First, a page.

From thence my friend and I strolled into a small apartment adjoining the grand saloon, where I beheld a number of grave looking persons with venerable gray heads, but without beards, which I thought very unbecoming, seated round a table studying hieroglyphics. I approached them with reverence, as so many magi, or learned men, endeavouring to expound the mysteries of Egyptian science : several of them threw down money, which I supposed was a reward proposed for some great discovery, when presently one of them spread his hieroglyphics on the table, exclaimed triumphantly, “ Two bullets and a bragger!" and swept all the money into his pocket. He has discovered a key to the hieroglyphics, thought I-happy mortal!—no doubt, his name shall be immortalized. · Willing, however, to be satisfied, I looked round on my companion with an inquiring eye; he understood me, and informed me that these were a company of friends, who had met together to win each other's money and be agreeable." Is that all ?"' exclaimed I; “ why then, I pray you, make way, and let me escape from this temple of abominations, who knows but these people, who meet together to toil, worry, and fatigue themselves to death, and give it the name of pleasureand who win each other's money by way of being agreeable-may some one of them take a liking to me, and pick my pocket, or break my head in a paroxysm of hearty good-wil !"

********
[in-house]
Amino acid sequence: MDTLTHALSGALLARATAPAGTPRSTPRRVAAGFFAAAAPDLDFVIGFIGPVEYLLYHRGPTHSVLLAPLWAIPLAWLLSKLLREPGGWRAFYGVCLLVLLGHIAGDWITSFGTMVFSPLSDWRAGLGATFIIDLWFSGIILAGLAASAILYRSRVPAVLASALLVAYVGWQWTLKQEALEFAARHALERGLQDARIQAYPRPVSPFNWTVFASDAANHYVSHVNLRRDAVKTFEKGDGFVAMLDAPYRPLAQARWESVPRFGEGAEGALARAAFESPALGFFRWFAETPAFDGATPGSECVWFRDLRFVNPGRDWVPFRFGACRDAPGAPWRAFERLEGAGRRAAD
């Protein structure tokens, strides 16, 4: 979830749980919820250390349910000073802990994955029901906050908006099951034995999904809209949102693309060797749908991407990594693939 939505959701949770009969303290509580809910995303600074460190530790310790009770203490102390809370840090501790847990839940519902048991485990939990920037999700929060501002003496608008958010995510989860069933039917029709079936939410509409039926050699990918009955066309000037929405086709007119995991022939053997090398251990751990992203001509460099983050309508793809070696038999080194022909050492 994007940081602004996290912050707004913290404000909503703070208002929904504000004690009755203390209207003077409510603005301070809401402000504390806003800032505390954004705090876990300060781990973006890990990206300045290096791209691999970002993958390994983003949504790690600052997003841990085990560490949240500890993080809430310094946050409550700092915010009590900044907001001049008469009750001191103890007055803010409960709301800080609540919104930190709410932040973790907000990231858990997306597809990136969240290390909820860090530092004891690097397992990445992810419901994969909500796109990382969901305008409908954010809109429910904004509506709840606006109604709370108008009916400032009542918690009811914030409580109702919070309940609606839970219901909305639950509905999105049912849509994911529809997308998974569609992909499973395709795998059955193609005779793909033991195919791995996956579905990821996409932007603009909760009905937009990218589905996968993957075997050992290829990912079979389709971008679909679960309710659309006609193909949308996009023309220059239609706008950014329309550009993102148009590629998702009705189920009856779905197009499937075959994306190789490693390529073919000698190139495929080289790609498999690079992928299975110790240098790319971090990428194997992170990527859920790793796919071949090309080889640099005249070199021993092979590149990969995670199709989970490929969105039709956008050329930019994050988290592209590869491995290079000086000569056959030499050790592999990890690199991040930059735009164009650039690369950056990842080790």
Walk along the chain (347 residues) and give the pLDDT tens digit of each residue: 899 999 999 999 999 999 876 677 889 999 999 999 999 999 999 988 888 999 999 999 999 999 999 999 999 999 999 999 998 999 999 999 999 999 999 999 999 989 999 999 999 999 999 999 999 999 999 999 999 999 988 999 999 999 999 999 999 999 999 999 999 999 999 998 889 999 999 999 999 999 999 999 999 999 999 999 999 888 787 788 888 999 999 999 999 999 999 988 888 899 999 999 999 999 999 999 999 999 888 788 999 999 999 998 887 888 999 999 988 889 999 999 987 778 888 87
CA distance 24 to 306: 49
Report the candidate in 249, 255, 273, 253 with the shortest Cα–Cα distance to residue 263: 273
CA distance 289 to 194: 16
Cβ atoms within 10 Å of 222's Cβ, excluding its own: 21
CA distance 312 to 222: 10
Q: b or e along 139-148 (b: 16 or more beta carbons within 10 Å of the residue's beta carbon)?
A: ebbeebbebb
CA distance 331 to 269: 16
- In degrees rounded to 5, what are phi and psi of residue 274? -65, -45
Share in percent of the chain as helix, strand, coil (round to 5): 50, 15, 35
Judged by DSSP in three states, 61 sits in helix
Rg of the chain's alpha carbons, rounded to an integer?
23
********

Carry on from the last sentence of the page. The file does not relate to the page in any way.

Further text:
JAMES I. OF SCOTLAND.
JAMES flourished nearly about the time of Chaucer and Gower, and was evidently an admirer and studier of their writings. Indeed, in one of his stanzas he acknowledges them as his masters; and, in some parts of his poem, we find traces of similarity to their productions, more especially to those of Chaucer. There are always, however, general features of resemblance in the works of contemporary authors, which are not so much borrowed from each other as from the times. Writers, like bees, toil their sweets in the wide world; they incorporate with their own conceptions the anecdotes and thoughts which are current in society; and thus each generation has some feature in common, characteristic of the age in which it lived.
James in fact belongs to one of the most brilliant eras of our literary history, and establishes the claims of his country to a participation in its primitive honours. Whilst a small cluster of English writers are constantly cited as the fathers of our verse, the name of their great Scottish compeer is apt to be passed over in silence: but he is evidently worthy of being enrolled in that little constellation of remote but never-failing luminaries, who shine in the highest firmament of literature, and who, like morning stars, sang together at the bright dawning of British poesy.
How Peter Stuyvesant relieved the Sovereign People from
the Burthen of taking care of the Nation—with sundry Particulars of his Conduct in Time of Peace. The history of the reign of Peter Stuyvesant furnishes a melancholy picture of the incessant cares and vexations inseparable from government; and may serve as a solemn warning to all who are ambitious of attaining the seat of power. Though crowned with victory, enriched by conquest, and returning in triumph to his metropolis, his exultation was checked by beholding the sad abuses that had taken place during the short interval of his absence.
The populace, unfortunately for their own comfort, had
taken a deep draught of the intoxicating cup of power, during the reign of William the Testy; and though, upon the accession of Peter Stuyvesant, they felt, with a certain instinctive perception, which mobs as well as cattle possess, that the reins of government had passed into stronger hands; yet they could not help fretting, and chafing, and champing on the bit, in restive silence.